As the second-half started to take shape it was clear that Sean Dyche, a man who always seems to sound like a Sesame Street character on the edge of a nervous breakdown, had been into the collective ear of his team and had them much more ‘at it’ and in our faces. They pushed us back and tried to get at our full-backs, particularly Joszef Varga, but they struggled to create anything of note for the most part. Varga seemed to rise to the challenge and flung himself into tackles and blocks like Jamie Pollock in his pomp and did more than enough to make Michael Kightly, a decent second-tier winger, look crap enough to be unceremoniously hauled off after an hour or so. Karanka sensed the growing danger and swapped Marvin Emnes for Grant Leadbitter to try and shore up the midfield and it definitely made things harder for our opponents. Karanka seems to have a canny knack for making substitutions that have a positive influence on how the game is going and that’s a pretty exciting thing I think. He seems shrewd. Anyway, Burnley pressed and pressed and tried to press some more but it did feel like it would be us who got the next goal, if anyone were going to get it, with Adomah and Ledesma running up and down the flanks and the industrious midfield trio of Whitehead, Smallwood and Leadbitter providing a great shield in front of the back-four. Adomah had a good effort that kissed the bar on it’s way out for a corner, Jutkiewicz turned his man and shot wide from a tight angle and Ledesma forced Heaton into a tidy save from twenty-odd yards out. And Curtis Main, on for the knackered Jutkiewicz, almost got on the end of a Leadbitter cross at the death.

Burnley’s best chance came in the last few minutes when they sneaked in behind George Friend and whipped one over towards the back stick; somehow, though, Dean Marney contrived to stick his header over the bar from just a few yards out with Shay Given stranded(I’ll refrain from using the term ‘No Man’s Land’ I think – it’s for the best). And that was that really; there were a few nerves around as the board went up and showed there was to be five extra minutes played but we saw things out with relative ease. The whistle went and we’d made it two straight wins with successive clean-sheets, with Ledesma and Whitehead and Varga and Main all emerging from the shadows to look like important players for us going into the new year. Whitehead seems to have developed a nice little understanding with the ever-industrious Richie Smallwood and long may that continue. And if Curtis Main can add a goal or two to his game we’ve got a proper little striker on our hands there.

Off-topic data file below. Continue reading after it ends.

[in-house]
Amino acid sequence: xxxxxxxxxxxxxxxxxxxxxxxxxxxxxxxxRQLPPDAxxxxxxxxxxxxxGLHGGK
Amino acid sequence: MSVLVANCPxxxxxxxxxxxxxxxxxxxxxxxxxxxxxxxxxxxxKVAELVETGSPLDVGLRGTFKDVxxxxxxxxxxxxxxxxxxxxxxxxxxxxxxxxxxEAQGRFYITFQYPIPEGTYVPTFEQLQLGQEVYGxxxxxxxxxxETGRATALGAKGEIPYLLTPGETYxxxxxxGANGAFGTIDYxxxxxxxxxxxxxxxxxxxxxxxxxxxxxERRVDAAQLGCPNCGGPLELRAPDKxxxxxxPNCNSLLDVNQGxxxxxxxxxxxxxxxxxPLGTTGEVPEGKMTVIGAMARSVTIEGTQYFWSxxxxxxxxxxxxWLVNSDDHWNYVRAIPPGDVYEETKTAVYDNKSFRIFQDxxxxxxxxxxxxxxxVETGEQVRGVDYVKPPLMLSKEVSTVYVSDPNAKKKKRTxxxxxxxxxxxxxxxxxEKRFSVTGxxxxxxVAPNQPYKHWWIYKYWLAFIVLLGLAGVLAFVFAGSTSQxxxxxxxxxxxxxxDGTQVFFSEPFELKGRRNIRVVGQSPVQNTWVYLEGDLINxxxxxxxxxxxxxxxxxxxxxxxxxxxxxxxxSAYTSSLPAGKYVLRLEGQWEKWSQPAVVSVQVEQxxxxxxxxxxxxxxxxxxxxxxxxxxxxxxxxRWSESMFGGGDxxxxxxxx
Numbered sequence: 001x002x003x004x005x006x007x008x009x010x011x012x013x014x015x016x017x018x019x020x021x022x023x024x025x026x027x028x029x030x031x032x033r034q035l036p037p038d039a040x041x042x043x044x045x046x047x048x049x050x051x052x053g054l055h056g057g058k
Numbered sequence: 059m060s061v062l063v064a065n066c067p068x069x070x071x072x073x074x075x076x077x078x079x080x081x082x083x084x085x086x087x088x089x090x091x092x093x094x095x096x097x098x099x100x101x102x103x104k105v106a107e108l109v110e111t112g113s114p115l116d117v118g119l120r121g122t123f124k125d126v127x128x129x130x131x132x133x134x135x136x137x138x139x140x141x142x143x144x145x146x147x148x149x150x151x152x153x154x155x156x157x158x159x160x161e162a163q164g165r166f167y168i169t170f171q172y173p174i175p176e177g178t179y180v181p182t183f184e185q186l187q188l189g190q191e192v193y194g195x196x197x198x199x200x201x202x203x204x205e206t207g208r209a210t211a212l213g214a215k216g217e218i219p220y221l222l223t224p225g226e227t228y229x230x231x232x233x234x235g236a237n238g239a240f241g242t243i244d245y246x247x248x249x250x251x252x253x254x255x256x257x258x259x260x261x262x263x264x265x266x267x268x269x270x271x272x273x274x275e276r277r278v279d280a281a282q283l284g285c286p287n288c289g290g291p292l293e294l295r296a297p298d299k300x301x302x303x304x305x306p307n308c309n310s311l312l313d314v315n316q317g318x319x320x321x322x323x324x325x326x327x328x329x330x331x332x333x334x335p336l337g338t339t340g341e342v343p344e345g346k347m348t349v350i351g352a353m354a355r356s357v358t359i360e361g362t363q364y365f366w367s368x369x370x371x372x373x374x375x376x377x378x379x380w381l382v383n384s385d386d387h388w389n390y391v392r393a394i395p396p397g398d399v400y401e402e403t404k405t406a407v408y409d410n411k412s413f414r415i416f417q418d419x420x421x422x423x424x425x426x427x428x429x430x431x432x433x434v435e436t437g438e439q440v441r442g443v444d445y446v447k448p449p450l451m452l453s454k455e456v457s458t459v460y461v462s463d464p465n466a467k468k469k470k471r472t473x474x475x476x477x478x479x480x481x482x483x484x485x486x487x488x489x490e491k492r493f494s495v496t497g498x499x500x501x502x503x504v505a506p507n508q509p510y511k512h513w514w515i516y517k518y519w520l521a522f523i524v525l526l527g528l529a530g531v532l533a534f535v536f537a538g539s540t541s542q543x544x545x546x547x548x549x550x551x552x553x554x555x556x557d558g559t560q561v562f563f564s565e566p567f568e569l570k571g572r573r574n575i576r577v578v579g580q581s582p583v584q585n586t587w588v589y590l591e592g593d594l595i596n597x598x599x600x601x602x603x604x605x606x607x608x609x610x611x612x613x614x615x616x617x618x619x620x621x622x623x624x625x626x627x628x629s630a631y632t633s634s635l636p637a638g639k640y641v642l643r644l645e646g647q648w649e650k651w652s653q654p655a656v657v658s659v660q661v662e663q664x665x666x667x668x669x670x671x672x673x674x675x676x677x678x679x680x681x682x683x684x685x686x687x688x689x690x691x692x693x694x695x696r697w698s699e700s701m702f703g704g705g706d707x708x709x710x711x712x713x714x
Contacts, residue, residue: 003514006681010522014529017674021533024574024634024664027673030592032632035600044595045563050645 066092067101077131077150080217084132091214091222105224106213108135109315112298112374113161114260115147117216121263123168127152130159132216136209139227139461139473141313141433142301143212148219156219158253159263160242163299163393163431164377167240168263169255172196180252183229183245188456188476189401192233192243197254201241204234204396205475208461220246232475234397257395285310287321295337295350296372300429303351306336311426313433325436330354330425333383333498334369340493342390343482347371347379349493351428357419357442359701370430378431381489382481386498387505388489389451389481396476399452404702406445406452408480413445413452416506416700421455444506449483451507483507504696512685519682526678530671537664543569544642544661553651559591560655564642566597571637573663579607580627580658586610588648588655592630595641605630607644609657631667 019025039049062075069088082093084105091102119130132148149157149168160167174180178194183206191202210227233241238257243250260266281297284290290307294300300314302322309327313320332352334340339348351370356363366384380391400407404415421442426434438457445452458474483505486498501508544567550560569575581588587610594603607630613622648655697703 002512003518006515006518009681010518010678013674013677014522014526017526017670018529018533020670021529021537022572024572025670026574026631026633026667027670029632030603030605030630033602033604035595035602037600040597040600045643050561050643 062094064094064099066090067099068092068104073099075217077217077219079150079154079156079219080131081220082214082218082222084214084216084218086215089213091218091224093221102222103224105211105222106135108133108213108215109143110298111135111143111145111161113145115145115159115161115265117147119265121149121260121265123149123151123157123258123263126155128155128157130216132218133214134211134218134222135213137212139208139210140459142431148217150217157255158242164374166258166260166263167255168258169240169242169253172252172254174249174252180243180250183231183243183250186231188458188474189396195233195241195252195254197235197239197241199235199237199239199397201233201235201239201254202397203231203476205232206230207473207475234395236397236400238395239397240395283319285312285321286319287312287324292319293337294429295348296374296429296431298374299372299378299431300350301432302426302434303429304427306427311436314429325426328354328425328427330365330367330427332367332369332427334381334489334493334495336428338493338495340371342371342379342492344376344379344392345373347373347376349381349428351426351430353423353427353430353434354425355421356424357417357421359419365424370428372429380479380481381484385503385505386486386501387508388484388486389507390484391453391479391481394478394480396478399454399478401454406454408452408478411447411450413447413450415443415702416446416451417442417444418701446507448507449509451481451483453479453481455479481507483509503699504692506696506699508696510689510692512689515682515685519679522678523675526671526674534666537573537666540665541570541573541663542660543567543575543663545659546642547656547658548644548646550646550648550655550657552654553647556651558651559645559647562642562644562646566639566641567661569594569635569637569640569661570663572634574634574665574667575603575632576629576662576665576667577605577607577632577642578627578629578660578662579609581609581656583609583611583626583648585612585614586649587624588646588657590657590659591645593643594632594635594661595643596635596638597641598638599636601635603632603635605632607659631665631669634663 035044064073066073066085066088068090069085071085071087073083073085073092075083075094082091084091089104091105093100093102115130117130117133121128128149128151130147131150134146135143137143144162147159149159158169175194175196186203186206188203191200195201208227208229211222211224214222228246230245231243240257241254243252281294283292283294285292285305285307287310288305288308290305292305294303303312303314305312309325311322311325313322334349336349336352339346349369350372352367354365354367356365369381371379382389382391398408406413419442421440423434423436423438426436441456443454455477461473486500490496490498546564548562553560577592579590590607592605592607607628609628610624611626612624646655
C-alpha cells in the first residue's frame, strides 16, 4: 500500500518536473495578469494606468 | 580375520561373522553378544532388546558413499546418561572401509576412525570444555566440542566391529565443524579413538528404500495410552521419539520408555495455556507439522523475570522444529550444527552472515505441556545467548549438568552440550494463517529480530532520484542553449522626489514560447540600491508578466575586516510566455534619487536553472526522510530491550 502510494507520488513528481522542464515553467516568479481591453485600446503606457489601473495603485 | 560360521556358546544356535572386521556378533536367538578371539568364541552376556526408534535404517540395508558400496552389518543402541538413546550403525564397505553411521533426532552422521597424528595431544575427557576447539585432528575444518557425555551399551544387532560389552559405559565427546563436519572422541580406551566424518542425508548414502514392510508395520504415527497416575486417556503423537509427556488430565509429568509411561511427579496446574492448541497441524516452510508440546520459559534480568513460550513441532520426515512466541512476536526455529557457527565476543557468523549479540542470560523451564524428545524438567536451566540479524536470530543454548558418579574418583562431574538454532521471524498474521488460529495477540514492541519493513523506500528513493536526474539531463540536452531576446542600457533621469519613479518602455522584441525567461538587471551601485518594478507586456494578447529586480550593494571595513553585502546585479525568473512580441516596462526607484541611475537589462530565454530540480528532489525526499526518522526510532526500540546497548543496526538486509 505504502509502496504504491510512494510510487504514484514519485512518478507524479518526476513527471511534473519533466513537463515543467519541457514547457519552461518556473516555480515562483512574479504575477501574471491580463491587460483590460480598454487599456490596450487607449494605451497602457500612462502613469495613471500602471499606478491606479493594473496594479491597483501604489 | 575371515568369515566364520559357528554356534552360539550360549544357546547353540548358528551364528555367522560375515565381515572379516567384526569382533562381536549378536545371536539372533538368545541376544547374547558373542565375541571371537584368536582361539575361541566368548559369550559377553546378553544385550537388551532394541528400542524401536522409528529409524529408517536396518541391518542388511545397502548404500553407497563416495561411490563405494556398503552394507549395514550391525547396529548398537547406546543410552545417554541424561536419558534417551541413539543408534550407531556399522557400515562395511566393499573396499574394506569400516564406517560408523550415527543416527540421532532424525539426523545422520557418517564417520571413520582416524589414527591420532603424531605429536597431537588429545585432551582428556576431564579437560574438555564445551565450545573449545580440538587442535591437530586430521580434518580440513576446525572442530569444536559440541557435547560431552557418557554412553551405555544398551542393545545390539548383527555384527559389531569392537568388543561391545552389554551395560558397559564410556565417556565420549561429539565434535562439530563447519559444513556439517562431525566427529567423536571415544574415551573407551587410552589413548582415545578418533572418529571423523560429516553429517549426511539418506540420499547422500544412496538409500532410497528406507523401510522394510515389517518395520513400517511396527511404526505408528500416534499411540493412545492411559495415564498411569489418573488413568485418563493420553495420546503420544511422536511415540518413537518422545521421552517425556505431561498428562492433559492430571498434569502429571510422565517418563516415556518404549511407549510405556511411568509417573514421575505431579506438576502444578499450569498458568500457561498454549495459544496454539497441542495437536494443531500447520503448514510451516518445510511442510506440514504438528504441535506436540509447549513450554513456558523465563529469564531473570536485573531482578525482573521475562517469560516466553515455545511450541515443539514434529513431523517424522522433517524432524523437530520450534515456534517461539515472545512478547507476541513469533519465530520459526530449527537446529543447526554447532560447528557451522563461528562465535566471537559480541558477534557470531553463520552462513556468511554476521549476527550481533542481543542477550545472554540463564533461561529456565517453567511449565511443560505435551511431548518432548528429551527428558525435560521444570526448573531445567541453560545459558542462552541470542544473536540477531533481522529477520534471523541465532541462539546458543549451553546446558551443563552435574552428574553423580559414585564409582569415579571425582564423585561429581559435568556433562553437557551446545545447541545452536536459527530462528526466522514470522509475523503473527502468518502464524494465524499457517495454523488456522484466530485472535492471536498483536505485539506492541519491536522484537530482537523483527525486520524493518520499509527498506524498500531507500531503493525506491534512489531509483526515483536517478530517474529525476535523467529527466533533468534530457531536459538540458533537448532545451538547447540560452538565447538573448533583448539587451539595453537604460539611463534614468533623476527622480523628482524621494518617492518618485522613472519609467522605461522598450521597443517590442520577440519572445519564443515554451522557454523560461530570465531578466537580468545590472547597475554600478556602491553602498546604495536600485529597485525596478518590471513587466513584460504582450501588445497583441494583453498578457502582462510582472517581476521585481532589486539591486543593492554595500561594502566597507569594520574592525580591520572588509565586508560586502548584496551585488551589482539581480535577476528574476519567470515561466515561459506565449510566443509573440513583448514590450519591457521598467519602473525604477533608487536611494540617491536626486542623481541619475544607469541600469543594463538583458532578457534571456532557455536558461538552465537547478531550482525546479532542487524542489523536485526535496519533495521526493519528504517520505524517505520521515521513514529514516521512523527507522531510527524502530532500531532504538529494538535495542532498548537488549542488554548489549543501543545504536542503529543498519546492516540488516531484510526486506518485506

But it’s a collective effort. It’s beginning to feel like Karanka’s ideas are coming to fruition; we look more solid, more professional and more productive with and without the ball. Most importantly, though, we look much more organised. The defence isn’t being pulled around at will any more, we aren’t being carved open time and time again and we’re starting to look less ponderous on the ball than we were prior to Karanka taking over. We’ve started to look like a team that knows what it’s doing, both individually and collectively, and it’s been a while, probably a good twelve months or so, since we’ve looked like that. We’ve got Reading, Bolton and Hull in the FA Cup on the horizon and if we perform in those games like we did in this one then we’ll win all three of them without too much fuss before beating Tottenham in fourth round.

Optimism, eh.